Select the check box to restore the backup from the first step.
Select Start to start the replay.
You can view the status of your replay. After you replay the source trace on both of your target servers, you're ready to generate an analysis report.
For common questions about replay, see the replay FAQ.
The final step is to generate an analysis report by using the replay traces. The analysis report can help you gain insight about the performance implications of the proposed change.
- If one or more components are missing, a prerequisites page with links for downloads appears when you try to generate a new analysis report (internet connection required).
- To view a report that was generated in an earlier version of the tool, you must first update the schema.
To generate an analysis report:
In the left menu, go to Analysis Reports. Connect to the computer running SQL Server where you store your report databases. A list of all reports in the server appears. To create a new report, select New Report.
Enter or select the information that's required to generate a report:
- Report name: The name of the analysis report to create.
- Trace for Target 1 SQL Server: The path for the trace file from replaying on Target 1.
- Trace for Target 2 SQL Server: The path for the trace file from replaying on Target 2.
Select Start to generate the report. The new report appears at the top of the list. The icon next to the report becomes a green checkmark when the report has been generated.
Now, view the analysis report to gain insights provided by your A/B test.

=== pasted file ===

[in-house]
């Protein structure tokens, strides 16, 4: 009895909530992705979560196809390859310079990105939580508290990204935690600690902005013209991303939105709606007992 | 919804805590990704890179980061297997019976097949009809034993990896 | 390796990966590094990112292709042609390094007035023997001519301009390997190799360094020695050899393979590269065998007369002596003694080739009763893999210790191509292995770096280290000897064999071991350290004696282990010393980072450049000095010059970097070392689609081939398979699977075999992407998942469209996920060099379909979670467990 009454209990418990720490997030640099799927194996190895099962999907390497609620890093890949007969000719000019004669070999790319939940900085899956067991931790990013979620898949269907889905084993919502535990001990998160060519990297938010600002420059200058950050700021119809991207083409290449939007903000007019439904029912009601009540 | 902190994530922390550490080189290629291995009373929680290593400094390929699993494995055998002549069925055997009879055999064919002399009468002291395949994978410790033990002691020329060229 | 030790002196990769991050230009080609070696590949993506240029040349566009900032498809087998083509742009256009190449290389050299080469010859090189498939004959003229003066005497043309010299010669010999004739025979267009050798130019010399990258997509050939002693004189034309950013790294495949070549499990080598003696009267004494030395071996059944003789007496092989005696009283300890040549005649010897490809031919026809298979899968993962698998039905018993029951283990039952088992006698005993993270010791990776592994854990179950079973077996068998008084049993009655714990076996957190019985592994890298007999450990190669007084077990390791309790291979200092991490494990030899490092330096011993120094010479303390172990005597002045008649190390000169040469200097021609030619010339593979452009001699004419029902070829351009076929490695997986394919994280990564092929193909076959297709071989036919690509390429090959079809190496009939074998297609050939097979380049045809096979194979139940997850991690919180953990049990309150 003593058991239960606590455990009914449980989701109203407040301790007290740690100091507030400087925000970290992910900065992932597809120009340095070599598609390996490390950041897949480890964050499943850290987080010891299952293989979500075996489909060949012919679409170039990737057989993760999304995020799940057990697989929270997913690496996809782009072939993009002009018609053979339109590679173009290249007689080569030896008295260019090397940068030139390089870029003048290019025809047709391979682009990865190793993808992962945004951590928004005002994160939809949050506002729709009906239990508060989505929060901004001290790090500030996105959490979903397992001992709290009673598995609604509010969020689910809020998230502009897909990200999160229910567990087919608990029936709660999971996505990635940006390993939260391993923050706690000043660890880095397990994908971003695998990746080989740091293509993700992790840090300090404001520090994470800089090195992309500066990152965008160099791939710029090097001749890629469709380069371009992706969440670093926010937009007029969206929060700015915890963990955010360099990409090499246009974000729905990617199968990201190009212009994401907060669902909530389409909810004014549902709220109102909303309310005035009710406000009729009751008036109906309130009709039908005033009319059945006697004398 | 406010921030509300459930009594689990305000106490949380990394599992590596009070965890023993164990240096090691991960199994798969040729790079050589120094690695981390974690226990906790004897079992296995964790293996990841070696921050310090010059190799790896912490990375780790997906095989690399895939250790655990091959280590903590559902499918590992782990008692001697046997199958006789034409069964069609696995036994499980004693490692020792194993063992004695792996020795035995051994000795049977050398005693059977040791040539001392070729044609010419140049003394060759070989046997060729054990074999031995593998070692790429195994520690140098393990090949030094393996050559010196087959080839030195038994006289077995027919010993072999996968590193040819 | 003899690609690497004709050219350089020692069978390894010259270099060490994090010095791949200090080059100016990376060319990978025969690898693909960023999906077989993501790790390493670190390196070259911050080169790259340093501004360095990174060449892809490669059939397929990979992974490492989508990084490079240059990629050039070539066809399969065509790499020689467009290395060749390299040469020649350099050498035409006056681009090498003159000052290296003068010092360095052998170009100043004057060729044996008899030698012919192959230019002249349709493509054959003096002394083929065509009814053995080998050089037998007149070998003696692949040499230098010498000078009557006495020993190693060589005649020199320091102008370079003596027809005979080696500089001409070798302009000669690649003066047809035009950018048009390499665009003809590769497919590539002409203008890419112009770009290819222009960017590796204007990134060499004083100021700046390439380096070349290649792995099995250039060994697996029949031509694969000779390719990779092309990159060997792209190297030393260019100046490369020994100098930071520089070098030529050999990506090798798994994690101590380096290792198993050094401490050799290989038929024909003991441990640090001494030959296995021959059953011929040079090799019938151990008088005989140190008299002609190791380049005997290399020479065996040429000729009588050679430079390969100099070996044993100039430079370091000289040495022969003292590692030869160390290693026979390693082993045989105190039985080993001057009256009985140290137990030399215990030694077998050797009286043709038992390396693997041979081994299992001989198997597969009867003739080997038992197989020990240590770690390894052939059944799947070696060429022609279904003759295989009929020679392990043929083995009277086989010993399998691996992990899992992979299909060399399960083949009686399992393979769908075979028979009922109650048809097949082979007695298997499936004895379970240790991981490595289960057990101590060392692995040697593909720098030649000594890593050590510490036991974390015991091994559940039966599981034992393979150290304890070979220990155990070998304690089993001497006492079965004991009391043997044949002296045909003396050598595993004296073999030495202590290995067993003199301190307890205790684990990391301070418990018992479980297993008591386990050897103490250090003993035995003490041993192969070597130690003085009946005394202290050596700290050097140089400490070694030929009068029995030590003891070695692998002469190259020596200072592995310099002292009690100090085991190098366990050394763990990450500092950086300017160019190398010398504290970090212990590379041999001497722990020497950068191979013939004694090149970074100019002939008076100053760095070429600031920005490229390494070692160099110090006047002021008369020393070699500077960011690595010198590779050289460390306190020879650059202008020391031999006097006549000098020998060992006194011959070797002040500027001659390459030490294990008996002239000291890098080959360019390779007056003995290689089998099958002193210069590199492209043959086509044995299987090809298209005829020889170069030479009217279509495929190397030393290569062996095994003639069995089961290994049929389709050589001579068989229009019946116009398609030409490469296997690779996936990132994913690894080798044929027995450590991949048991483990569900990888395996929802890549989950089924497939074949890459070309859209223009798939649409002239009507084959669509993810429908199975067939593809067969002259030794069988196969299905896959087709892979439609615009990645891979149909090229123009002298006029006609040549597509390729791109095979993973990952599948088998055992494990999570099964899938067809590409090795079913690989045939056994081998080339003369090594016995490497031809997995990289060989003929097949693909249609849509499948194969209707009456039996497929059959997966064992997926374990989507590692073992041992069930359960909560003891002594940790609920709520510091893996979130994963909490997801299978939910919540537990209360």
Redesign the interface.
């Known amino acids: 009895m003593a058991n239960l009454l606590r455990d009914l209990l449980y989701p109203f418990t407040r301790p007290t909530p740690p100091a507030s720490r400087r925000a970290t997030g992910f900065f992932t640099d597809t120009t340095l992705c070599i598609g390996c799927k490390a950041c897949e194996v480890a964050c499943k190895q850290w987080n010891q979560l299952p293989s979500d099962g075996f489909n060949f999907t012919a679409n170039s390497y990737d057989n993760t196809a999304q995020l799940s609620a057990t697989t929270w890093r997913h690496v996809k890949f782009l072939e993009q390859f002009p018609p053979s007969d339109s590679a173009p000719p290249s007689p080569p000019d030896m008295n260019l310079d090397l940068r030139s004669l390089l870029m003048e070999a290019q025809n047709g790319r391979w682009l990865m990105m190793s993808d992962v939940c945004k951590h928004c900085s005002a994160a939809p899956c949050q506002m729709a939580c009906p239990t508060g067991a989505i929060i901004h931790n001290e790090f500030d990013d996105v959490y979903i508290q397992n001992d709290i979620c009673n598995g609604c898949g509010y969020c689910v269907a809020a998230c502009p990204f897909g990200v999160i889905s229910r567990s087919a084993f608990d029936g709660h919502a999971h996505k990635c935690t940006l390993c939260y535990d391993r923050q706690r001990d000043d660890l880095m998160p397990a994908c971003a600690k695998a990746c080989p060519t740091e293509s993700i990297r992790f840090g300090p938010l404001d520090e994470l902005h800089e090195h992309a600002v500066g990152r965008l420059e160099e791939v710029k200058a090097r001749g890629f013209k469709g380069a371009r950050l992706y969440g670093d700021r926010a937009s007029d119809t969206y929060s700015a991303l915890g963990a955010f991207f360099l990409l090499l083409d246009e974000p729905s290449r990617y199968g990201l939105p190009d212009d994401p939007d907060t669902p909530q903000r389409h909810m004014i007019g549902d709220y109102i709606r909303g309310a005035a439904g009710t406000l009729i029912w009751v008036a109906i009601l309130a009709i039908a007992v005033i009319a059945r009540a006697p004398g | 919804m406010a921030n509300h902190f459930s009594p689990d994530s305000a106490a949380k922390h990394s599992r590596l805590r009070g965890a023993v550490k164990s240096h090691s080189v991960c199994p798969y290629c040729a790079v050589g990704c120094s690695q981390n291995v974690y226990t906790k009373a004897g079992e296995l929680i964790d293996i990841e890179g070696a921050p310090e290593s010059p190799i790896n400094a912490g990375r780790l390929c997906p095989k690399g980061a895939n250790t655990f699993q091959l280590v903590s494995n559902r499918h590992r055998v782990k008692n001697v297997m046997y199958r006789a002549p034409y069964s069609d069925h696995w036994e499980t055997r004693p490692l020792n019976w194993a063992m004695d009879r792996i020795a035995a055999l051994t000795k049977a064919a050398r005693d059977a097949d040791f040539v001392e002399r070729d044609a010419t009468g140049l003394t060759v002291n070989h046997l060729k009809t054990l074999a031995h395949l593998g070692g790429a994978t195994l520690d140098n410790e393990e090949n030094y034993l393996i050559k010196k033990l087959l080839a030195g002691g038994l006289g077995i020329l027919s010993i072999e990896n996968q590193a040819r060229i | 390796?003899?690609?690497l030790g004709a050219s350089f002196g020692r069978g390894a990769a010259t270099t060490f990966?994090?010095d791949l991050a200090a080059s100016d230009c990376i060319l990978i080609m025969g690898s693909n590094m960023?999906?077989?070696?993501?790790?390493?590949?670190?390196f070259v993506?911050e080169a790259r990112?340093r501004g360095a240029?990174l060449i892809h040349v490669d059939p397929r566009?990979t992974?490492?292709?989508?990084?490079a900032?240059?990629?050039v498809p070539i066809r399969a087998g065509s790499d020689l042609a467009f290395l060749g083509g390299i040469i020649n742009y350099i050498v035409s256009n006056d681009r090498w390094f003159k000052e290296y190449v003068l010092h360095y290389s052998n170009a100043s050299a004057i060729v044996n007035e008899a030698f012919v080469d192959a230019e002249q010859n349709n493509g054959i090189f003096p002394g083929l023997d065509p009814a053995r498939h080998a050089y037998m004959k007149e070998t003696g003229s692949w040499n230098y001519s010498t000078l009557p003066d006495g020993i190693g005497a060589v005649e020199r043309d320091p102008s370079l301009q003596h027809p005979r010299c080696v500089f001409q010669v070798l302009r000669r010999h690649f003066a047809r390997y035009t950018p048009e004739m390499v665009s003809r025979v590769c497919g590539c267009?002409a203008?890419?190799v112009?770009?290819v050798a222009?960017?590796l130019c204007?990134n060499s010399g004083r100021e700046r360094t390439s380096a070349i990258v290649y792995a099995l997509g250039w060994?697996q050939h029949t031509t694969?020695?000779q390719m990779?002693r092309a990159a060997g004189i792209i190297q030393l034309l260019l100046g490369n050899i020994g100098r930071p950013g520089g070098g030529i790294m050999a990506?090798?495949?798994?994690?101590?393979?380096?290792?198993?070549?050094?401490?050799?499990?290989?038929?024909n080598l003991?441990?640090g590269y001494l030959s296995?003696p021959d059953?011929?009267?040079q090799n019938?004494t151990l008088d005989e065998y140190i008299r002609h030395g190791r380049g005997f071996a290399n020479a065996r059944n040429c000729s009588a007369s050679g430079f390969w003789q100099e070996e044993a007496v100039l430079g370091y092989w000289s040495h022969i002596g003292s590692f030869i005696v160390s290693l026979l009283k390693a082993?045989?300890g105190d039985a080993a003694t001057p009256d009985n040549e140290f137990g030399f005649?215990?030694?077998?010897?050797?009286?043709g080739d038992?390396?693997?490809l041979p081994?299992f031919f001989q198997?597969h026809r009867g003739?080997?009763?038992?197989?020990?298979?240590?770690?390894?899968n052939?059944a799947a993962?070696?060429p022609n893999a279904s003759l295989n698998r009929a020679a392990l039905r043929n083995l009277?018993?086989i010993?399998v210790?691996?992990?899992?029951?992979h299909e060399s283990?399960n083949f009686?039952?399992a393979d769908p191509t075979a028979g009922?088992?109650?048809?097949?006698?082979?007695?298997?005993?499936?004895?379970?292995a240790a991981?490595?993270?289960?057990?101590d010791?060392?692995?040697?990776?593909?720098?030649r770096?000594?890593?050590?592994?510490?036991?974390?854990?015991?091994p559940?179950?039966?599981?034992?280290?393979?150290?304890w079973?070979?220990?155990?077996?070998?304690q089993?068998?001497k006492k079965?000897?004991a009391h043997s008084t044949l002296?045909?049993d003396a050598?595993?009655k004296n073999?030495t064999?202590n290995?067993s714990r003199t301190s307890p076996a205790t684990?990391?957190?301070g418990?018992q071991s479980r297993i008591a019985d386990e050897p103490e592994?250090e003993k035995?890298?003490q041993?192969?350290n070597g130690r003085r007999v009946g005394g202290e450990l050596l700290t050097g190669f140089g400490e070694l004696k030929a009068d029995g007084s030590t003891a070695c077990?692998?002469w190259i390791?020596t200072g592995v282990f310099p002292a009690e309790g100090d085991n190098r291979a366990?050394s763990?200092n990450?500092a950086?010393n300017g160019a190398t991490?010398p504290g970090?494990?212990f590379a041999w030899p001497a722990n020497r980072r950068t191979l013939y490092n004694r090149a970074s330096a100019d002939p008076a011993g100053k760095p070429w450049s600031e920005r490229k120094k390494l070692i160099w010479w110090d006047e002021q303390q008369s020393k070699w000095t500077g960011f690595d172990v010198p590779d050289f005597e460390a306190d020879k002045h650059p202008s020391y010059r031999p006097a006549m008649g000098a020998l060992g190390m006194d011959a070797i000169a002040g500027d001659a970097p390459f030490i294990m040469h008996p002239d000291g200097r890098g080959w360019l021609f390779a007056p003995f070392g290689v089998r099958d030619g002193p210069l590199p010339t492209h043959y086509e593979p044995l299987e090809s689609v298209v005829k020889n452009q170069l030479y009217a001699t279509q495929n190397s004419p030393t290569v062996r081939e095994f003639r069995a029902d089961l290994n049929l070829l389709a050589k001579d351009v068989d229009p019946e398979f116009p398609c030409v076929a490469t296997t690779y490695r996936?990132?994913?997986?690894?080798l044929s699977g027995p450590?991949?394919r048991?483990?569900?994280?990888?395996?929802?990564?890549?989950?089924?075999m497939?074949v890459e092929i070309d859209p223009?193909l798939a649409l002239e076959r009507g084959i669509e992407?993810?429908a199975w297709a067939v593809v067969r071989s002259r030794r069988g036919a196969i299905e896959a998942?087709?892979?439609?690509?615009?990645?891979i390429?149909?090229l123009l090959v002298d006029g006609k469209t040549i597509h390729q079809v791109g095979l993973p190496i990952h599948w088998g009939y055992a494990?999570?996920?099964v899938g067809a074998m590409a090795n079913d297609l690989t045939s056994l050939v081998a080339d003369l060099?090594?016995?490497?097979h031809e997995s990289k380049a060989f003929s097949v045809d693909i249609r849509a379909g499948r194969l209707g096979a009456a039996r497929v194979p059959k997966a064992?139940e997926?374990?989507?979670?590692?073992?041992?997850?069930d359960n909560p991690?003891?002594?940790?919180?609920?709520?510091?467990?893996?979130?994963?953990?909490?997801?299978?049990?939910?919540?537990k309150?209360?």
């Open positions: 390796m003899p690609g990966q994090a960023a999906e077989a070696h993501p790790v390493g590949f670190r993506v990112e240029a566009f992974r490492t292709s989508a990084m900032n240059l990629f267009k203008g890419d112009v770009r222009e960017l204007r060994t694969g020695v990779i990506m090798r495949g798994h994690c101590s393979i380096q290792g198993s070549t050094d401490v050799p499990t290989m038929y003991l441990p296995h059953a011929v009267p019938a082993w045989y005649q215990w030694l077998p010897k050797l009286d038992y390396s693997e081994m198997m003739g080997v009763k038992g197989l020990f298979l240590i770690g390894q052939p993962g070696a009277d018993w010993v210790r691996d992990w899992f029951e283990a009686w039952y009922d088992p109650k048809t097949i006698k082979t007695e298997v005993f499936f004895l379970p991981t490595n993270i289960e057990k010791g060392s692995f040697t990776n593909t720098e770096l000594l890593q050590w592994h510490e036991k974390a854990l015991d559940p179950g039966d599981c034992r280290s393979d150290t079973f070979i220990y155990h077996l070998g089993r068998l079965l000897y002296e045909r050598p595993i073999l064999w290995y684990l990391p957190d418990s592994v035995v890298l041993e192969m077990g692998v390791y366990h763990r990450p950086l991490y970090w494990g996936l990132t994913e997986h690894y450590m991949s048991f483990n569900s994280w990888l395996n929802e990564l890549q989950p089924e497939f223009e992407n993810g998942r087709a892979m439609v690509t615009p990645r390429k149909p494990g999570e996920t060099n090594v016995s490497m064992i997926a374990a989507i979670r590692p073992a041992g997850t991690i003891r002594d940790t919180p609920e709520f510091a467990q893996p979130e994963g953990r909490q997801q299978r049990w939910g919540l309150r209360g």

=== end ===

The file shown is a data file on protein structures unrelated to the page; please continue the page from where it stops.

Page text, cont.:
For common questions about analysis reports, see the analysis FAQ.
On the first page of your report, version and build information for the target servers on which the experiment was run is shown. You can use threshold to adjust the sensitivity or tolerance of your A/B Test analysis. By default, the threshold is set at 5%. Any improvement in performance that is more than or equal to 5% is categorized as Improved. Select options in the drop-down menu to evaluate the report by using different performance thresholds.
Two pie charts demonstrate the performance implications of the difference between the two target servers for your workload. The left chart is based on execution count. The right chart is based on distinct queries. There are five possible categories:
- Improved: Statistically, the query ran better on Target 2 than on Target 1.
- Degraded: Statistically, the query ran worse on Target 2 than on Target 1.
- Same: There's no statistical difference for the query between Target 1 and Target 2.
- Cannot Evaluate: The sample size for the query is too small for statistical analysis. For A/B testing analysis, DEA requires the same queries to have at least 30 executions on each target.
- Error: The query errored out at least once on one of the targets.
Select a slice to drill down into a particular category and get performance metrics, including the Cannot Evaluate pie slice.
The drill-down page for a performance change category shows a list of queries in that category. The Error page has three tabs:
New Errors: Errors that appeared on Target 2 but not on Target 1.
Existing Errors: Errors that appeared on both Target 1 and Target 2.
Resolved Errors: Errors that appeared on Target 1 but not on Target 2.
Select a query to go to a Comparison Summary page for that query.
The Comparison Summary page shows summary statistics for that query. The summary includes the number of executions, mean duration, mean CPU, mean reads/writes, and error count.
If the query is an error query, the Error Information tab shows more information about the error. The Query Plan Information tab shows information about the query plans that are used for the query on Target 1 and Target 2.
On any page of the analysis report, select the Print button on the top right to print everything that's visible.
To learn how to produce a trace file that has a log of events that occur on a server, see Capture trace.
For a 19-minute introduction to DEA and demonstration, watch the following video: